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Aneurysm occlusion in elderly patients with aneurysmal subarachnoid haemorrhage: a cost–utility analysis
  1. H Koffijberg1,
  2. E Buskens1,2,
  3. G J E Rinkel3
  1. 1Julius Center for Health Sciences and Primary Care, University Medical Center Utrecht, Utrecht, The Netherlands
  2. 2Department of Epidemiology, University Medical Centre Groningen, University of Groningen, Groningen, The Netherlands
  3. 3Department of Neurology, Rudolf Magnus Institute of Neuroscience, University Medical Center Utrecht, Utrecht, The Netherlands
  1. Correspondence to Dr H Koffijberg, Julius Center for Health Sciences and Primary Care, University Medical Center Utrecht, STR 6.131, PO Box 85500, Utrecht 3508 GA, The Netherlands; h.koffijberg{at}


Background Aneurysm occlusion after subarachnoid haemorrhage (SAH) aims to improve outcome by reducing the rebleeding risk. With increasing age, overall prognosis decreases, and the complications of aneurysm occlusion increase. The balance of risks for aneurysm occlusion in elderly SAH patients in different age categories and clinical conditions is unknown.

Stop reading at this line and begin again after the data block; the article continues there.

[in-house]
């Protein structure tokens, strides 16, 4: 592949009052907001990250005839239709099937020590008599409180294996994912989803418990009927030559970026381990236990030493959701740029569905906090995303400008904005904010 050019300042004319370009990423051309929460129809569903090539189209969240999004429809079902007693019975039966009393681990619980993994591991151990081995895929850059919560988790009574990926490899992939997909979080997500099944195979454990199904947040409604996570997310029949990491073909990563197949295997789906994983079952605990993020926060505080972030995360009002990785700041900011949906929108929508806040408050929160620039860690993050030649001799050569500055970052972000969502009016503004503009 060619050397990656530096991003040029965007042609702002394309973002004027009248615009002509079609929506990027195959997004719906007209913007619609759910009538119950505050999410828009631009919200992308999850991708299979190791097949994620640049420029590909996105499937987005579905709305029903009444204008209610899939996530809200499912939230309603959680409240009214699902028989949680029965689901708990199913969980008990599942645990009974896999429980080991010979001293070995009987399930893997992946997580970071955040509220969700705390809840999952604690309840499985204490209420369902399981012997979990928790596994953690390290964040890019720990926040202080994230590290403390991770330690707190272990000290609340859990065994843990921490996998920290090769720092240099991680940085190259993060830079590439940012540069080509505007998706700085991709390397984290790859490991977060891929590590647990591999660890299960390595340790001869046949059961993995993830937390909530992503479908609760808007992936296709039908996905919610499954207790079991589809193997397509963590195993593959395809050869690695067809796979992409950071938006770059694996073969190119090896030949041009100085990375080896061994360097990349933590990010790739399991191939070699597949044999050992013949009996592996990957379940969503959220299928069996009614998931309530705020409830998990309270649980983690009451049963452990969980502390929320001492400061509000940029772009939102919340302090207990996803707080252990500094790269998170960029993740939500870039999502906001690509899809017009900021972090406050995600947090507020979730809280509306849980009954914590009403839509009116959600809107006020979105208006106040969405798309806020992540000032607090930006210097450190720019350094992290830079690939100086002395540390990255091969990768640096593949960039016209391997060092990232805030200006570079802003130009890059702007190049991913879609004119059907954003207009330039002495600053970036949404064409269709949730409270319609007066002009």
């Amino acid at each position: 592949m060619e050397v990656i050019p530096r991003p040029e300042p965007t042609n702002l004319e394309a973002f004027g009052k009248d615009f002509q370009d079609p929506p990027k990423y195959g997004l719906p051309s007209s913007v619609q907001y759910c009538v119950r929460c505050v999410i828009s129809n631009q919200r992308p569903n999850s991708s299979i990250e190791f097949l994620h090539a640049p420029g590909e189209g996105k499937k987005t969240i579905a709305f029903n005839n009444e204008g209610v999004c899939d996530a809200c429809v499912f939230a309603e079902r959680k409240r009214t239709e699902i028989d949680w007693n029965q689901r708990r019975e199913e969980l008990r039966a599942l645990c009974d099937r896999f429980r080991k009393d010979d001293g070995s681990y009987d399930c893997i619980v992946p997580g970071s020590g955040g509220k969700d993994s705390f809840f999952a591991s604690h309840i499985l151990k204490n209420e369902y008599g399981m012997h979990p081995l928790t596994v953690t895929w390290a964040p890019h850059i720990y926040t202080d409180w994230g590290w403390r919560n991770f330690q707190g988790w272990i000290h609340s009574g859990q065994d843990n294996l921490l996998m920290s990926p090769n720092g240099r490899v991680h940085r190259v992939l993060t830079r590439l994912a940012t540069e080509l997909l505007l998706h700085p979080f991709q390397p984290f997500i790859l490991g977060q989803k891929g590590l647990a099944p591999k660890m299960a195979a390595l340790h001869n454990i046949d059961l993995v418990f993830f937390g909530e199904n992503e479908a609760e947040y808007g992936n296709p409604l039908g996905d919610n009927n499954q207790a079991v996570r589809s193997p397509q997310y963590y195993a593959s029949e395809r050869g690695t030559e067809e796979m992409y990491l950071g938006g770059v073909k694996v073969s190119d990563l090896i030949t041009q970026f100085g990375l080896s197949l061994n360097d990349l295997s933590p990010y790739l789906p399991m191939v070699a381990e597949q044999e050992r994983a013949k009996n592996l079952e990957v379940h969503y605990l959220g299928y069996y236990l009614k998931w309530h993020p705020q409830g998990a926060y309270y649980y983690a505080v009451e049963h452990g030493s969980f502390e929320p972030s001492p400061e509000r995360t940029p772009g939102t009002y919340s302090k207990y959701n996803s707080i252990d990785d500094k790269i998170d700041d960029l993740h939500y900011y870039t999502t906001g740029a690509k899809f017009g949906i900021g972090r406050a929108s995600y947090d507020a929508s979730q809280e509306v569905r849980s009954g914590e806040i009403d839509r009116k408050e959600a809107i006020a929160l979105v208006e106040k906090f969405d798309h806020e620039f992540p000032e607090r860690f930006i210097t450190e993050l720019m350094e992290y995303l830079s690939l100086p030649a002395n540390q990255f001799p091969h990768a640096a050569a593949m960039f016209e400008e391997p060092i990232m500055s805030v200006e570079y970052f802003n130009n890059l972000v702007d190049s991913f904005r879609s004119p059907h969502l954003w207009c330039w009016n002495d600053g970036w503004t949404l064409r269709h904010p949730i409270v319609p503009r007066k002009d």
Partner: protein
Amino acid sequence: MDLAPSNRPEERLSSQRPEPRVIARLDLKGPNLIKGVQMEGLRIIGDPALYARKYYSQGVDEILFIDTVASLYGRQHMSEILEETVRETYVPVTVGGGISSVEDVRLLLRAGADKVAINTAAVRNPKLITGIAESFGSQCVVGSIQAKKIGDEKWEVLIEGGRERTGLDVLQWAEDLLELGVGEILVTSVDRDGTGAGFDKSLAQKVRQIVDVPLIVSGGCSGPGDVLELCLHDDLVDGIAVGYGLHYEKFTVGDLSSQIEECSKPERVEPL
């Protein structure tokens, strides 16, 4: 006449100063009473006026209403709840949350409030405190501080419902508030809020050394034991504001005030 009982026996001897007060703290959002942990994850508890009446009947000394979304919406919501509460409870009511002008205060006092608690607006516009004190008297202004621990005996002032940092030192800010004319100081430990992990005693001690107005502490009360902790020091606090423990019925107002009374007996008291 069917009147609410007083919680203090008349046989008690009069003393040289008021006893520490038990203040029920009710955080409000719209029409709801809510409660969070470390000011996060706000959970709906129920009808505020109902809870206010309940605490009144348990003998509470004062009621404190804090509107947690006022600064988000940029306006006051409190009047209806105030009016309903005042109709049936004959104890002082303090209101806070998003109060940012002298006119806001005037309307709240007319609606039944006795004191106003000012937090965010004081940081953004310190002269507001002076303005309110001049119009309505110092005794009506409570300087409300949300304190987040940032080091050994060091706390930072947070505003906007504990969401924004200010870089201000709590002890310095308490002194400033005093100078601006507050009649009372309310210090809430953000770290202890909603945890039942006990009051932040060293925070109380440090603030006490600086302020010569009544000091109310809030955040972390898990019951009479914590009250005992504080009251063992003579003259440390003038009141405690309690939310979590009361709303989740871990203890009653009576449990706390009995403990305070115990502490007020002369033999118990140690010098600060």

Methods A Markov model was used to evaluate quality-adjusted life years (QALY), additional costs and incremental cost-effectiveness ratios (ICER) of aneurysm occlusion in 192 patient subgroups, based on age, gender, neurological condition at admission, time since SAH, and aneurysm size and location. Probabilistic sensitivity analyses were performed.

Results For patients admitted in poor condition ≥10 days after SAH, and patients older than 80 years, admitted in poor condition admitted ≥4 days after SAH, occlusion implied QALY loss and increased costs. Only for women younger than 79 and men younger than 74 years admitted in good condition within 4 days did the ICER of occlusion fall below €50 000 per QALY. Occlusion was beneficial and cost-saving in women aged 74 years or younger admitted in good condition within 4 days with a small posterior circulation aneurysm.

Conclusions Aneurysm occlusion is harmful in some subgroups of elderly patients and beneficial in others. It is cost-effective only in specific subgroups that comprise a large part of the patients encountered in clinical practice. Beyond the age of 80 years, the balance between risks and benefits is often no longer positive for occlusion, and it should only be considered if the predicted life expectancy leaves margin for benefit.

  • Subarachnoid haemorrhage
  • intracranial aneurysm
  • elderly
  • disease management
  • cost-effectiveness

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  • Funding This study was funded by The Netherlands Heart Foundation (# 2006B082).

  • Competing interests None.

  • Provenance and peer review Not commissioned; externally peer reviewed.